An interactive intervention to impact adherence to antiretroviral treatment among treatment-naïve HIV-infected adults in Thailand: A pilot randomized controlled study
Background. Consistent adherence to antiretroviral treatment is necessary for a treatment success. Improving and maintaining adherence rate >95% are challenging for health care professionals. This pilot randomized controlled study aimed to evaluate the impact of the interactive intervention on adherence to GPO-VIR, to describe the feasibility of the interactive intervention in Thailand, and to illustrate the adherence self-efficacy concept among HIV treatment-naïve patients in Thailand who were starting antiretroviral treatment. Methods. The study took place at three HIV clinics located in Phayao, Thailand. Twenty-three patients were randomly assigned into the experimental (n=11) and the control groups (n=12). Each participant in the experimental group and a significant person to the patient received 5 educational sessions with a nurse at the clinics and at their homes. They also received 3 follow-up evaluations during the 6-month period of the study. The participants in the control group received the standard of care provided by HIV clinical personnel plus three follow-up evaluations at the clinic. Results. Seventeen patients (7 in the experimental and 10 in the control group) completed the study. The 4-day recall on the Thai ACTG Adherence Scale demonstrated adherence rate >95% for most participants from both groups. After the first measurement, no experimental group patients reporting missing ART, while one control group participant continuously skipped ART. Participants from both groups had significantly increased CD4 cell counts after the study (F(1, 15) = 29.30, p = .000), but no differences were found between two groups (F(1, 15) = .001, p = .98). Examination of the intervention showed limitations and possibilities to implement it in Thailand. Qualitative data demonstrated self-efficacy expectations, resignation and acceptance as related concepts to improve adherence outcomes. Conclusions. This interactive intervention, after appropriate modifications, is feasible to apply for Thai HIV-treatment naïve patients. Because of limitations the study could not demonstrate whether the interactive intervention improved adherence to ART among HIV-treatment naïve in Thailand. A longitudinal study in a larger sample would be required to test the impact of the intervention. Keyword: antiretroviral treatment, adherence, treatment-naïve, Thailand, randomized controlled study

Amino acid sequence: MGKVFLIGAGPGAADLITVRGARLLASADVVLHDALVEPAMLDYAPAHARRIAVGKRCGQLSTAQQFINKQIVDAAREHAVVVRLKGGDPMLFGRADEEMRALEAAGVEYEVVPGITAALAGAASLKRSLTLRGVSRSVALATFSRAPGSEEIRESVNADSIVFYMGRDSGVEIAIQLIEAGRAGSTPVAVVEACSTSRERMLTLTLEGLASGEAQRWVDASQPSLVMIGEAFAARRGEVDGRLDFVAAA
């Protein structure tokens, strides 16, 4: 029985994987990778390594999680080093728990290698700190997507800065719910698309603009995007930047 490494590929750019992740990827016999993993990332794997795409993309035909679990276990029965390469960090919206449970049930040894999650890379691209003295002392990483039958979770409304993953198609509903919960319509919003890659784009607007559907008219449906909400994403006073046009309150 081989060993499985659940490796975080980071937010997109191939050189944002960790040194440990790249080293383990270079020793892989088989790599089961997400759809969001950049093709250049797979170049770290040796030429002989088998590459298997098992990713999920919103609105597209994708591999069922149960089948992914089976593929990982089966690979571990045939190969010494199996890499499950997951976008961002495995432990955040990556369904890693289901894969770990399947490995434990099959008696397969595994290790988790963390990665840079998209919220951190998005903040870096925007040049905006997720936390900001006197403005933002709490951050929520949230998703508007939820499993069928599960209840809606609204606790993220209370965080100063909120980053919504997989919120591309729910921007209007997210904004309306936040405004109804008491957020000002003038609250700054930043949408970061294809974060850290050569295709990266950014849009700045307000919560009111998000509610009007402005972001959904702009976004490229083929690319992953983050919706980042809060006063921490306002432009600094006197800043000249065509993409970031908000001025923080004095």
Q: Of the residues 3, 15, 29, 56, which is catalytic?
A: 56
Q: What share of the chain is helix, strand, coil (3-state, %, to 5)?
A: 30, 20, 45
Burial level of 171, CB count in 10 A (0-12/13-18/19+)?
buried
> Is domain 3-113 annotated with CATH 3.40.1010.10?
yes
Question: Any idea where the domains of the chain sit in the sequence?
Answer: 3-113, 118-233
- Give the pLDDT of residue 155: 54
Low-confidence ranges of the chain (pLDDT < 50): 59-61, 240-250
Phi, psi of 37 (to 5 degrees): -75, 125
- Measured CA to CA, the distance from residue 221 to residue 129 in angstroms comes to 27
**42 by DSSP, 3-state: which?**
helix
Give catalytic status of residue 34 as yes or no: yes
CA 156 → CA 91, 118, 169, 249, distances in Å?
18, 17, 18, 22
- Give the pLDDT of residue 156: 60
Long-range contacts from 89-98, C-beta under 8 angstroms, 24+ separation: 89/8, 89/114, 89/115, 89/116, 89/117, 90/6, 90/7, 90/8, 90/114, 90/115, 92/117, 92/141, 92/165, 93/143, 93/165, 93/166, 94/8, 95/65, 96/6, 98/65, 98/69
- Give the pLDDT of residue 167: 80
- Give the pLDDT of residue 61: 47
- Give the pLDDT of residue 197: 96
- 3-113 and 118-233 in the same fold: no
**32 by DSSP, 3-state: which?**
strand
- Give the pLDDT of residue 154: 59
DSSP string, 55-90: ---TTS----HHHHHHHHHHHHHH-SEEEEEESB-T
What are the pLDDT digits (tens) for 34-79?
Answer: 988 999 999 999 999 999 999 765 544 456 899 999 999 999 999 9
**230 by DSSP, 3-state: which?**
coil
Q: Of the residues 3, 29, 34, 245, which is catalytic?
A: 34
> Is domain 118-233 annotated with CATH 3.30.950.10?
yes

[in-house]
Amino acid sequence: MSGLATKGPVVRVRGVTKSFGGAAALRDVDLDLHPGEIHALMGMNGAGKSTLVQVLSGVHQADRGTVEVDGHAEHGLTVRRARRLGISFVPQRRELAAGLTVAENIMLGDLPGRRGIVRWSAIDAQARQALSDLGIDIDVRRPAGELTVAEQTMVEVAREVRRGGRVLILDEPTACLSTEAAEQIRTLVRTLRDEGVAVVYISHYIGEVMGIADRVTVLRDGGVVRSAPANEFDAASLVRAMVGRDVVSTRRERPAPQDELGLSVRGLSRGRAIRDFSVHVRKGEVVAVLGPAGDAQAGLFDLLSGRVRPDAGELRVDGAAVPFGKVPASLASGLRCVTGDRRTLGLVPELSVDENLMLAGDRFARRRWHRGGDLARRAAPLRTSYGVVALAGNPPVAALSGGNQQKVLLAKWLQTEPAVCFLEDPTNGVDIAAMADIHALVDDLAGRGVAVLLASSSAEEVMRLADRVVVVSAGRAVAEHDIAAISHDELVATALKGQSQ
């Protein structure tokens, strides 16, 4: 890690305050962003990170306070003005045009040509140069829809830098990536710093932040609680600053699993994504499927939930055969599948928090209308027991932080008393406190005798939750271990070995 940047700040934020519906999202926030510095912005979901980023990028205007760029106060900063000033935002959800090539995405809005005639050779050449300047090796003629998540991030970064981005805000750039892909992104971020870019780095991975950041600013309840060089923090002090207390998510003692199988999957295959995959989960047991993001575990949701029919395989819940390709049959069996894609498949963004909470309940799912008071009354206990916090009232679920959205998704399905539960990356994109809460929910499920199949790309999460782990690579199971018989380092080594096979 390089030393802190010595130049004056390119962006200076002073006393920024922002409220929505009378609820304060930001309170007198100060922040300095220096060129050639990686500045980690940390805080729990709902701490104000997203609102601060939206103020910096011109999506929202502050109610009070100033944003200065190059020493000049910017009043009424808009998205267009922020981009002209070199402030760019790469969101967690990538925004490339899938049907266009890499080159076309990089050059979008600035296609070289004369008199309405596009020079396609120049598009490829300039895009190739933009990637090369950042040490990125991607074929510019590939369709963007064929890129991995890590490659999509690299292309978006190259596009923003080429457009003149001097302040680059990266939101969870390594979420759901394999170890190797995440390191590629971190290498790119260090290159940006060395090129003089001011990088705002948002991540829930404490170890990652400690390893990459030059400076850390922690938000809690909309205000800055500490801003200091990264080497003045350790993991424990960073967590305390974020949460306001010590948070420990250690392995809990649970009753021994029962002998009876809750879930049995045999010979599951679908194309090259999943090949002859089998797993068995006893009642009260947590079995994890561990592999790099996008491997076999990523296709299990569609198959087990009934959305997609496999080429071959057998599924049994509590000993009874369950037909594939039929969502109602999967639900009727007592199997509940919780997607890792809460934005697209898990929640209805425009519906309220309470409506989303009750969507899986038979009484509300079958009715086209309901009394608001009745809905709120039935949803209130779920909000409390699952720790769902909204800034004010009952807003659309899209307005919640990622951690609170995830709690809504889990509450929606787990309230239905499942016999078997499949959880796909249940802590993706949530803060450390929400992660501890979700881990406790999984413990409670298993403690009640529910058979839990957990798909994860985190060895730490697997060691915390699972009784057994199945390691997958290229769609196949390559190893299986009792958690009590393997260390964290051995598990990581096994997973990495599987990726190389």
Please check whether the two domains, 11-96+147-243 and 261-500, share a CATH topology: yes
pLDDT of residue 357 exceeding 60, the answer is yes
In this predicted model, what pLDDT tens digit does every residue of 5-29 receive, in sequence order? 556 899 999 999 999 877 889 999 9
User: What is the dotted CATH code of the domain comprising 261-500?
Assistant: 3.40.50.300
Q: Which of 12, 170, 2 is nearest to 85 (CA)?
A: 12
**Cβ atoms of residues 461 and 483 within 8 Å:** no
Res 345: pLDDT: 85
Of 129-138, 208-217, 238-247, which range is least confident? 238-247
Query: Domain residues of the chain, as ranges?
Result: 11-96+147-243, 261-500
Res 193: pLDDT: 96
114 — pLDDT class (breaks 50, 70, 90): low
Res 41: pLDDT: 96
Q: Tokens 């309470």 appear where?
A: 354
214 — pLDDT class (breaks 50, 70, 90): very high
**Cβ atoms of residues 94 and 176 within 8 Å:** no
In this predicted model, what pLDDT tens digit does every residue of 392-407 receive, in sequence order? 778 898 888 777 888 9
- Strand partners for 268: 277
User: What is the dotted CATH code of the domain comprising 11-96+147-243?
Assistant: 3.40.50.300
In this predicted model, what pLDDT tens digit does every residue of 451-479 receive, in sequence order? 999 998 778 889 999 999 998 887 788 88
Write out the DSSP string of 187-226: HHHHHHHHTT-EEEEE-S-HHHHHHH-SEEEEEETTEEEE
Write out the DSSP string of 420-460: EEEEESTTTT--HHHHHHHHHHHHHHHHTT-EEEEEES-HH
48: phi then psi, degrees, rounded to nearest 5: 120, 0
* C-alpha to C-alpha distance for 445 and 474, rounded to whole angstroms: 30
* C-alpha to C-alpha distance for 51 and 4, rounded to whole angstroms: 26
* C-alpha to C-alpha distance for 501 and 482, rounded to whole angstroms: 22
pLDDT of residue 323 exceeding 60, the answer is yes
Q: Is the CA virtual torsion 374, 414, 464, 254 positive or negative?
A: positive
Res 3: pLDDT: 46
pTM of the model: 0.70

Fukfon, Krittapat, "An interactive intervention to impact adherence to antiretroviral treatment among treatment-naïve HIV-infected adults in Thailand: A pilot randomized controlled study" (2010). Texas Medical Center Dissertations (via ProQuest). AAI3445860.